If you've just finished watching the Netflix documentary series Diagnosis you're probably worried about some of the patients Dr. Lisa Sanders has been helping for years. The patient featured on Episode 5 of the series was originally the subject of Dr. Sanders' New York Times column of the same name in June 2018. So, how is Lashay from Diagnosis now?
Lashay was 14-years old on a family vacation hiking the forest of Manuel Antonio National Park in Costa Rica when a raccoon "scratched or scraped" her foot, Dr. Sanders' 2018 column said. Lashay was frightened but she wasn't bleeding. There was also no puncture wound. The area was cleaned with alcohol and Lashay seemed fine for the rest of the vacation. But when she got home symptoms began and they kept worsening.
She threw up often and couldn't keep fluids down. "It's hard for me to move around," Lashay said in a video that accompanies the Diagnosis column. "But when I do move around, my back, my stomach, like each step I take really upsets my stomach." Lashay and her parents have been seeking a diagnosis for her since 2014. She's been diagnosed with conditions like rumination syndrome and the autonomic nervous system disorder Postural Orthostatic Tachycardia syndrome (POTS) according to Dr. Sanders' column, but treatment doesn't help symptoms. Despite Dr. Sanders' help, it doesn't seem that Lashay has a diagnosis as of August 2019.
In a July 16 post on her Facebook she posted an article from The Mighty titled The Exhaustion of Fighting With Doctors for a Diagnosis with a tribute to her parents. "I can barely even talk to doctors about my symptoms and what I go through on a daily basis," the post said. She goes on to explain that her parents have been doing it for her, though she's trying to learn what it takes to navigate the health care system with a (currently) chronic illness. "...But with everything my body and my is going through it’s so hard to focus on those other things," Lashay continued.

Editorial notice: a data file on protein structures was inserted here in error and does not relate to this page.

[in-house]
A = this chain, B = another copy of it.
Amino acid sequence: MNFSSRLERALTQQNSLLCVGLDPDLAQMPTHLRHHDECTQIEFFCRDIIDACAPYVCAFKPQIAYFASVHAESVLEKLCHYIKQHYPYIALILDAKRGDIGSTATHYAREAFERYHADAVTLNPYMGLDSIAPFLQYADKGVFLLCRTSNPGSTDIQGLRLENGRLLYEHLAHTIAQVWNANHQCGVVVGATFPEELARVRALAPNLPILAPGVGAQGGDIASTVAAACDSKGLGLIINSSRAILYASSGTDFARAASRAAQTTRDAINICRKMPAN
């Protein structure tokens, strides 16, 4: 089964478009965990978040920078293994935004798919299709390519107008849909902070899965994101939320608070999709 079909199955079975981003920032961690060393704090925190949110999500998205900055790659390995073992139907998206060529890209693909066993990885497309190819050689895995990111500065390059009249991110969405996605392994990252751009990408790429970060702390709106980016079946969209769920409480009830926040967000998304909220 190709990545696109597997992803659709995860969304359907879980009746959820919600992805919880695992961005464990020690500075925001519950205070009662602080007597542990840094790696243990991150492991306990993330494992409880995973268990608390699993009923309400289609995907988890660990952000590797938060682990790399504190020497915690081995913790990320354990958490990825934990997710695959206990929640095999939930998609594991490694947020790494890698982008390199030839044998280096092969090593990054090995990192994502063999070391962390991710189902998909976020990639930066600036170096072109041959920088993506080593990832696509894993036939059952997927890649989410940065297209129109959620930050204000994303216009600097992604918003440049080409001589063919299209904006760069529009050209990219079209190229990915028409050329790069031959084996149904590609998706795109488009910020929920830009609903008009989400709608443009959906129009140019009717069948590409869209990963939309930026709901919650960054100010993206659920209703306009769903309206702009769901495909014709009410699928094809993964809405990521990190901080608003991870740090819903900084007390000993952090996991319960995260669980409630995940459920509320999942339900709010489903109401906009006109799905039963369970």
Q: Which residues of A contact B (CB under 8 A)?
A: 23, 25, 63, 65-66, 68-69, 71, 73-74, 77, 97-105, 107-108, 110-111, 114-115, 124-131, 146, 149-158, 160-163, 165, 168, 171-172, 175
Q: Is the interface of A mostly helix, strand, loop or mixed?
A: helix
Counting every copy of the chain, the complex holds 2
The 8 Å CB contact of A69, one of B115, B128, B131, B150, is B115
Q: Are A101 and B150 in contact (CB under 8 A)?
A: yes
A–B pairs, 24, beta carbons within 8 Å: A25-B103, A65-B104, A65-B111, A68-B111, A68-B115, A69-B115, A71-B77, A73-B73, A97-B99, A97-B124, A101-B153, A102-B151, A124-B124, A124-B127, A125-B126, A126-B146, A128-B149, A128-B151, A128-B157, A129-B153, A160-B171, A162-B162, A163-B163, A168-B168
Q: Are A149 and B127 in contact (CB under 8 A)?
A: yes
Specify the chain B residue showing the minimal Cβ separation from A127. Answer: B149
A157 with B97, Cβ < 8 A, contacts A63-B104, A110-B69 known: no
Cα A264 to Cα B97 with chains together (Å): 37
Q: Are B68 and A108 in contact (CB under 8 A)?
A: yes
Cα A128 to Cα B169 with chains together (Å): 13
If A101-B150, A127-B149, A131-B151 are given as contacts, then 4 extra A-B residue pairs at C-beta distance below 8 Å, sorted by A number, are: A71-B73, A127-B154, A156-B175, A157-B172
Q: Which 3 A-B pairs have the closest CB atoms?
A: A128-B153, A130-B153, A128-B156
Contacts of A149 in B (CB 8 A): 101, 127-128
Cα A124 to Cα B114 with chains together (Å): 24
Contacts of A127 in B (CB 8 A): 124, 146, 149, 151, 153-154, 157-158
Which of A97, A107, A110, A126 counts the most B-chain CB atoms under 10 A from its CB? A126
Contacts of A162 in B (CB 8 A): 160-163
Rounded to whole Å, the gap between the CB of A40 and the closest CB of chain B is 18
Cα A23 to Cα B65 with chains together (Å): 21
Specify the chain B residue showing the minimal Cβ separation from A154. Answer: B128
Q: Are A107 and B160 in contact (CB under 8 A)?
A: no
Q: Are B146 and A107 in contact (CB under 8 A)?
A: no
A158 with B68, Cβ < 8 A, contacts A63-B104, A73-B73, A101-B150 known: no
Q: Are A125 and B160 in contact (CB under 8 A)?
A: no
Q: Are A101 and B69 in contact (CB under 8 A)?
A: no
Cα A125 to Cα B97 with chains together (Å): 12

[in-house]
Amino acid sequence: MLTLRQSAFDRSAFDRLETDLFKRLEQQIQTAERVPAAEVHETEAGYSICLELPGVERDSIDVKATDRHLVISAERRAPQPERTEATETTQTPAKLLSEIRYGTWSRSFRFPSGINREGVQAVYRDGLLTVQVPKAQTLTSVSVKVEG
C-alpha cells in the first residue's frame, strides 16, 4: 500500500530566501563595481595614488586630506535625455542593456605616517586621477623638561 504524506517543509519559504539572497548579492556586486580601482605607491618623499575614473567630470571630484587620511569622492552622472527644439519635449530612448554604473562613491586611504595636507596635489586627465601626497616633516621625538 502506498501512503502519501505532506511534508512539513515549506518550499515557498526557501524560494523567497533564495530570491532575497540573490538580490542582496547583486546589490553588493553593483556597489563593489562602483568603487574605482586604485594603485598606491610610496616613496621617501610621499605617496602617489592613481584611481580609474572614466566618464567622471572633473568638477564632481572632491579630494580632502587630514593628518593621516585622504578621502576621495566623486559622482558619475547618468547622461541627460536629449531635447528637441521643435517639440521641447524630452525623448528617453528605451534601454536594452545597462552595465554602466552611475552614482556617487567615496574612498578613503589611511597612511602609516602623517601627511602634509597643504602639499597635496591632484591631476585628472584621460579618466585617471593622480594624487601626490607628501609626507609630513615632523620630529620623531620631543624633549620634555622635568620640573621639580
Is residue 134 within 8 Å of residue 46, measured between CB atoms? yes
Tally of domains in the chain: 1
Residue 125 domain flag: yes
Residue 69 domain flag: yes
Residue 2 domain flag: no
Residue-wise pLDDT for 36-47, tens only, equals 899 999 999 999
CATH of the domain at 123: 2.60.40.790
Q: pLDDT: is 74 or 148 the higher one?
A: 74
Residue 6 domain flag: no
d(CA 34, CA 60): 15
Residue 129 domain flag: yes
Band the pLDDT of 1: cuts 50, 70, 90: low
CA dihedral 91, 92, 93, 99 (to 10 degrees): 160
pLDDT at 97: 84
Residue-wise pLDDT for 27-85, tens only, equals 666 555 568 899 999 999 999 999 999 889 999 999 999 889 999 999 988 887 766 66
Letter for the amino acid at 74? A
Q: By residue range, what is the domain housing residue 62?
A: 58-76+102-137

She called her illness a "phase" in life and thanked her parents for helping her through it. But Lashay isn't letting her illness stop her from achieving her goals. New York Times readers might know she was homeschooled from reading the Diagnosis column and according to her Facebook page she's currently a Permanent Makeup Artist at Edify Permanent Cosmetics in Sandy, UT.
Recent shares on Lashay's Instagram account include senior pictures and photos taken by her mom to show off newly dyed pink hair. She and her family also don't let Lashay's mysterious illness stop them from traveling. She seems to be having a lot of fun in a post taken on the U.S. Virgin Islands.
I hope Lashay is doing all right, but that's not for me to say, even though she shares plenty of smiling pictures and motivational quotes on social media. Undiagnosed chronic illness doesn't deny her the right to have fun in addition to all of the pain and frustration her symptoms may be causing her. No emotions are mutually exclusive.
This is an aspect of living with a chronic condition that people who haven't experienced one don't often understand. I wish Lashay lots of happiness as she continues to search for the correct cause of her symptoms.